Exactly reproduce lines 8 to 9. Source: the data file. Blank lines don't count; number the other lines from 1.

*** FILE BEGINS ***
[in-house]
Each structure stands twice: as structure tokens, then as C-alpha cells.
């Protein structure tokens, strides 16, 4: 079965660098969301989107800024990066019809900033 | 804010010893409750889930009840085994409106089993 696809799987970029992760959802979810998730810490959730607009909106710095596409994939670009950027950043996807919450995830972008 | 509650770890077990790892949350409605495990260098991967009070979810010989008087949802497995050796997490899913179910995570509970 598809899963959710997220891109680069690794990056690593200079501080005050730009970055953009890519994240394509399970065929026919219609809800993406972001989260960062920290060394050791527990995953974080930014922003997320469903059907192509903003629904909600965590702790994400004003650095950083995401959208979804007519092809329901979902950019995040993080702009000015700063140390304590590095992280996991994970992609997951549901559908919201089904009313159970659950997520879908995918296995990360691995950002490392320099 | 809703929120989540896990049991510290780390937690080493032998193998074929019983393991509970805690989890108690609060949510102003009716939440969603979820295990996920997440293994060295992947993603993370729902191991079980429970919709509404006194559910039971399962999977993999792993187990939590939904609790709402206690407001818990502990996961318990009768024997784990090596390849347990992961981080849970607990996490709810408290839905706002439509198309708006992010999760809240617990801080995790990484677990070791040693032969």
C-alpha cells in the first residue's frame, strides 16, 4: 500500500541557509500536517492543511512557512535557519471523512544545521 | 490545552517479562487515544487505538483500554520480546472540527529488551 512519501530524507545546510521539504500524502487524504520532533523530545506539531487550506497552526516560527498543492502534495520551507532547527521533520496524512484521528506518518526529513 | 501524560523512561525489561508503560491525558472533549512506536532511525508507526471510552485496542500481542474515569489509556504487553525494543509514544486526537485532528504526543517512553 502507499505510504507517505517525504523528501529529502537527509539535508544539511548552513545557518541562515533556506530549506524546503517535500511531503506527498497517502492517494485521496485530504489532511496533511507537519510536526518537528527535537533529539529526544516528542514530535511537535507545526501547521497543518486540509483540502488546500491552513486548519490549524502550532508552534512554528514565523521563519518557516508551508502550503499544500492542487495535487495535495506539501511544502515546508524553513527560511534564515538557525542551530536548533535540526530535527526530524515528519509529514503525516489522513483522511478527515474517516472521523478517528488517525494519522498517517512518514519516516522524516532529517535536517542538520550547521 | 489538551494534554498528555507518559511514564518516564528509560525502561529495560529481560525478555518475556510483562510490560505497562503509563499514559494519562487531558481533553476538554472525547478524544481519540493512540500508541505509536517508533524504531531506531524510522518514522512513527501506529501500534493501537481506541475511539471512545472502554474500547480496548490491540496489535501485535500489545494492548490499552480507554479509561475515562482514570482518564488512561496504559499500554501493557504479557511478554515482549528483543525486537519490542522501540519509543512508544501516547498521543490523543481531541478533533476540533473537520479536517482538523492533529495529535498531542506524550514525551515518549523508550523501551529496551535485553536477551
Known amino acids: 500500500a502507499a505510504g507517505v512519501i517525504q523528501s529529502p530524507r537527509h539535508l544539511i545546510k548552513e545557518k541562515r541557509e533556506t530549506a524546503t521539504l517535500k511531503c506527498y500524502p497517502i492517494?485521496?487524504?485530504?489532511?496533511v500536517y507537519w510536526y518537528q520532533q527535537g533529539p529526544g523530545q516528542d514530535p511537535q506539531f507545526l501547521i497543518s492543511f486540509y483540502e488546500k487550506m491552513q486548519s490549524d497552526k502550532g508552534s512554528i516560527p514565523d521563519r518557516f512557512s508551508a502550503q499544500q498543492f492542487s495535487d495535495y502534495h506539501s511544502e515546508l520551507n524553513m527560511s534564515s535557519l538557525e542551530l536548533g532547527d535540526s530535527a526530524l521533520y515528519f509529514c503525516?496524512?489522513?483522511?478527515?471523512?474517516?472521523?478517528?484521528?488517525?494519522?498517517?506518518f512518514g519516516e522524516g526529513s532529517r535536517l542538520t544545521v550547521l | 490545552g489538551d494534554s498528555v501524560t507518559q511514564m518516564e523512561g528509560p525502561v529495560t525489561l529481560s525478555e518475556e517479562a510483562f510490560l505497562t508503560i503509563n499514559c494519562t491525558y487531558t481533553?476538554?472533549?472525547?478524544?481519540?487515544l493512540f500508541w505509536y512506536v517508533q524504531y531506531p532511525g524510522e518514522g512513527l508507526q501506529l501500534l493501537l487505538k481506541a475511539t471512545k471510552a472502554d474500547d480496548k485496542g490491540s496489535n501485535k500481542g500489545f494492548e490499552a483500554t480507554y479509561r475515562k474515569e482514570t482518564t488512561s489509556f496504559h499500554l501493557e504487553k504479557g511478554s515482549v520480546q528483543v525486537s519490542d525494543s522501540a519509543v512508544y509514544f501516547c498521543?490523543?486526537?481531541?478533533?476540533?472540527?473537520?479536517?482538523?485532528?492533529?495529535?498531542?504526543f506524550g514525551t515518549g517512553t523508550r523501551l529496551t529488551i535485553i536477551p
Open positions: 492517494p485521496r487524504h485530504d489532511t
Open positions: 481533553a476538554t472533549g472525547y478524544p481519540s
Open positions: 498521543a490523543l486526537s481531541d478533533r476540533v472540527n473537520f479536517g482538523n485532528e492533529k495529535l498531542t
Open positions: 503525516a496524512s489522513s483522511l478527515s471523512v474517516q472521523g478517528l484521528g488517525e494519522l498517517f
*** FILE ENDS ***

Open positions: 498521543a490523543l486526537s481531541d478533533r476540533v472540527n473537520f479536517g482538523n485532528e492533529k495529535l498531542t
Open positions: 503525516a496524512s489522513s483522511l478527515s471523512v474517516q472521523g478517528l484521528g488517525e494519522l498517517f